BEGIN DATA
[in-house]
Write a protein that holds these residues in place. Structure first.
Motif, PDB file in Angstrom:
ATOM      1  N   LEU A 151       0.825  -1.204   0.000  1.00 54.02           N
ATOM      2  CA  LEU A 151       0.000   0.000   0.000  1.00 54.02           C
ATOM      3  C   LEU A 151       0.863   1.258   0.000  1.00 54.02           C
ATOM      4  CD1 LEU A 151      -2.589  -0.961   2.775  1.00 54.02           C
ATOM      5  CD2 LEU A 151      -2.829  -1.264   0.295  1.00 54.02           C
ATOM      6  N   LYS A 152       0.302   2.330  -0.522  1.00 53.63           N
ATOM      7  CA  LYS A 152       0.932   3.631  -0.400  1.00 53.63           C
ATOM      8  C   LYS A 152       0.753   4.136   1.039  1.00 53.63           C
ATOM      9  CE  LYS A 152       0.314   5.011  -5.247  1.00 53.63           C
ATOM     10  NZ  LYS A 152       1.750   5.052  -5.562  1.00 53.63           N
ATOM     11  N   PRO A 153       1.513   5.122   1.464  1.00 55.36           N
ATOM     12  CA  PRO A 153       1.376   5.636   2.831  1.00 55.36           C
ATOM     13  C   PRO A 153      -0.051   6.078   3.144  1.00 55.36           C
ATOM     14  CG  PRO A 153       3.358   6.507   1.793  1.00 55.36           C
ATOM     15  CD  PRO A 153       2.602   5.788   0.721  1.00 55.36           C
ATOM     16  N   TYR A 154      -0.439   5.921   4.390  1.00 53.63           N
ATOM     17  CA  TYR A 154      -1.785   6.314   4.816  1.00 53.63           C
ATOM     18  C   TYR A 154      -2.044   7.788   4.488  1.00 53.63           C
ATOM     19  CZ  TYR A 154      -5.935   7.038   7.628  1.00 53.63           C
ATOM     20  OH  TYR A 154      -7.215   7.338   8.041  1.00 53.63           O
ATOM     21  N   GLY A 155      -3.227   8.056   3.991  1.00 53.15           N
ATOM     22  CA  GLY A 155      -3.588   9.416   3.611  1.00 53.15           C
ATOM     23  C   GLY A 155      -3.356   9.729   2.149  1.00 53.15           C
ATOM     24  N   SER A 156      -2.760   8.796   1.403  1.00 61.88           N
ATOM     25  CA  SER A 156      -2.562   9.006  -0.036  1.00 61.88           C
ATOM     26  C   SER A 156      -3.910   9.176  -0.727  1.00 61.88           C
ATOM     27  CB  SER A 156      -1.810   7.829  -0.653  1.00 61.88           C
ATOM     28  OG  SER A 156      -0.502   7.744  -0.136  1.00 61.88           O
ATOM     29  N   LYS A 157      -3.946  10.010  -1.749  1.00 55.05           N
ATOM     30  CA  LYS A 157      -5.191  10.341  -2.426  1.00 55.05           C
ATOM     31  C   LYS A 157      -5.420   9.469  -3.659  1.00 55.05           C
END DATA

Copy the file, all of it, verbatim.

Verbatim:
[in-house]
Write a protein that holds these residues in place. Structure first.
Motif, PDB file in Angstrom:
ATOM      1  N   LEU A 151       0.825  -1.204   0.000  1.00 54.02           N
ATOM      2  CA  LEU A 151       0.000   0.000   0.000  1.00 54.02           C
ATOM      3  C   LEU A 151       0.863   1.258   0.000  1.00 54.02           C
ATOM      4  CD1 LEU A 151      -2.589  -0.961   2.775  1.00 54.02           C
ATOM      5  CD2 LEU A 151      -2.829  -1.264   0.295  1.00 54.02           C
ATOM      6  N   LYS A 152       0.302   2.330  -0.522  1.00 53.63           N
ATOM      7  CA  LYS A 152       0.932   3.631  -0.400  1.00 53.63           C
ATOM      8  C   LYS A 152       0.753   4.136   1.039  1.00 53.63           C
ATOM      9  CE  LYS A 152       0.314   5.011  -5.247  1.00 53.63           C
ATOM     10  NZ  LYS A 152       1.750   5.052  -5.562  1.00 53.63           N
ATOM     11  N   PRO A 153       1.513   5.122   1.464  1.00 55.36           N
ATOM     12  CA  PRO A 153       1.376   5.636   2.831  1.00 55.36           C
ATOM     13  C   PRO A 153      -0.051   6.078   3.144  1.00 55.36           C
ATOM     14  CG  PRO A 153       3.358   6.507   1.793  1.00 55.36           C
ATOM     15  CD  PRO A 153       2.602   5.788   0.721  1.00 55.36           C
ATOM     16  N   TYR A 154      -0.439   5.921   4.390  1.00 53.63           N
ATOM     17  CA  TYR A 154      -1.785   6.314   4.816  1.00 53.63           C
ATOM     18  C   TYR A 154      -2.044   7.788   4.488  1.00 53.63           C
ATOM     19  CZ  TYR A 154      -5.935   7.038   7.628  1.00 53.63           C
ATOM     20  OH  TYR A 154      -7.215   7.338   8.041  1.00 53.63           O
ATOM     21  N   GLY A 155      -3.227   8.056   3.991  1.00 53.15           N
ATOM     22  CA  GLY A 155      -3.588   9.416   3.611  1.00 53.15           C
ATOM     23  C   GLY A 155      -3.356   9.729   2.149  1.00 53.15           C
ATOM     24  N   SER A 156      -2.760   8.796   1.403  1.00 61.88           N
ATOM     25  CA  SER A 156      -2.562   9.006  -0.036  1.00 61.88           C
ATOM     26  C   SER A 156      -3.910   9.176  -0.727  1.00 61.88           C
ATOM     27  CB  SER A 156      -1.810   7.829  -0.653  1.00 61.88           C
ATOM     28  OG  SER A 156      -0.502   7.744  -0.136  1.00 61.88           O
ATOM     29  N   LYS A 157      -3.946  10.010  -1.749  1.00 55.05           N
ATOM     30  CA  LYS A 157      -5.191  10.341  -2.426  1.00 55.05           C
ATOM     31  C   LYS A 157      -5.420   9.469  -3.659  1.00 55.05           C